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HPV infection in women: psychosexual impact of genital warts and intraepithelial lesions

Graziottin A. Serafini A.
HPV infection in women: psychosexual impact of genital warts and intraepithelial lesions
The Journal of Sexual Medicine, 2009 Mar; 6 (3): 633-645

Genital Human Papillomavirus (HPV) infection is the most commonly occurring sexually transmitted viral infection in humans. HPV is a wide family of DNA viruses which may cause benign skin and mucosal tumors (genital, anal or oral warts), or malignant cancers in different organs. Women are more susceptible to the oncogenic effect of HPVs, mostly at the genital site and on the uterine cervix.
The literature on HPVs is substantial and increasing. However, research investigating the relationship between HPV infections and sexual dysfunctions in women is limited. It is only in recent years that research in this area has increased. This has occurred in parallel with the growing rate of infections and consequent psychosocial burden.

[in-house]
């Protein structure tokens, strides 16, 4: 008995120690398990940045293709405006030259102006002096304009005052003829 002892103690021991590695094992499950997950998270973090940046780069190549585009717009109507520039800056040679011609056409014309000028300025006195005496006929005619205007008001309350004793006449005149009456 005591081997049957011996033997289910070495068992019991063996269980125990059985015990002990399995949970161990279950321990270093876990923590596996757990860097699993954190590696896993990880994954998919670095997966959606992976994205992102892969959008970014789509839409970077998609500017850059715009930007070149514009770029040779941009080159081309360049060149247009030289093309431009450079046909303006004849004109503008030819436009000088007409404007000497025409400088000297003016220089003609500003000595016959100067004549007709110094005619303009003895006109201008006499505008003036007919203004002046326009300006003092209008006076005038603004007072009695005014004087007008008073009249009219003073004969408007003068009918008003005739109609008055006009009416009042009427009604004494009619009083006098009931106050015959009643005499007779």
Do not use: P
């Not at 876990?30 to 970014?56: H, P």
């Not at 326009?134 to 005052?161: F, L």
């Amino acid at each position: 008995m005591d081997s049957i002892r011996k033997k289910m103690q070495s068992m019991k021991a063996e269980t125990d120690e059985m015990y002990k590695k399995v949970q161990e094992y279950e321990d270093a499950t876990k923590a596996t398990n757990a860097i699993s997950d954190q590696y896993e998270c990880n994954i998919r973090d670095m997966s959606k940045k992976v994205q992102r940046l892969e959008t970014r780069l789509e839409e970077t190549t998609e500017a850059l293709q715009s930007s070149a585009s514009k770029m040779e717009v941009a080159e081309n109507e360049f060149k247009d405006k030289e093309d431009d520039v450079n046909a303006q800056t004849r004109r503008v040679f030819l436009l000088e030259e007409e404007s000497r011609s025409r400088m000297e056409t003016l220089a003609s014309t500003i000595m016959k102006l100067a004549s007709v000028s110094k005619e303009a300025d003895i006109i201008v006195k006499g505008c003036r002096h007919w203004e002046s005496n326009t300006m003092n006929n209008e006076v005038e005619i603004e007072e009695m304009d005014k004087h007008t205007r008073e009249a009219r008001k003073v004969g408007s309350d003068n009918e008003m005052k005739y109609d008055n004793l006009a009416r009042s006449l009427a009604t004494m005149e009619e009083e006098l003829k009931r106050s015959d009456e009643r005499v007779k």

The paper will analyze the impact of HPVs infections on women’s psychosexual health. Medical consequences such as urogenital and proctological comorbidity will be included when they interfere with the sexuality of the woman and the couple.


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Anxiety - Cervical Cancer - Genital Warts - Depression - Female Dyspareunia - Sexual Pain Disorders - Female Sexual Disorders - Psychosexual Factors - Anal HPV Infection - Oral HPV Infection - Intraepithelial Neoplasia - Human Papillomavirus (HPV) - Sexual Relationship - Anti-HPV Vaccine


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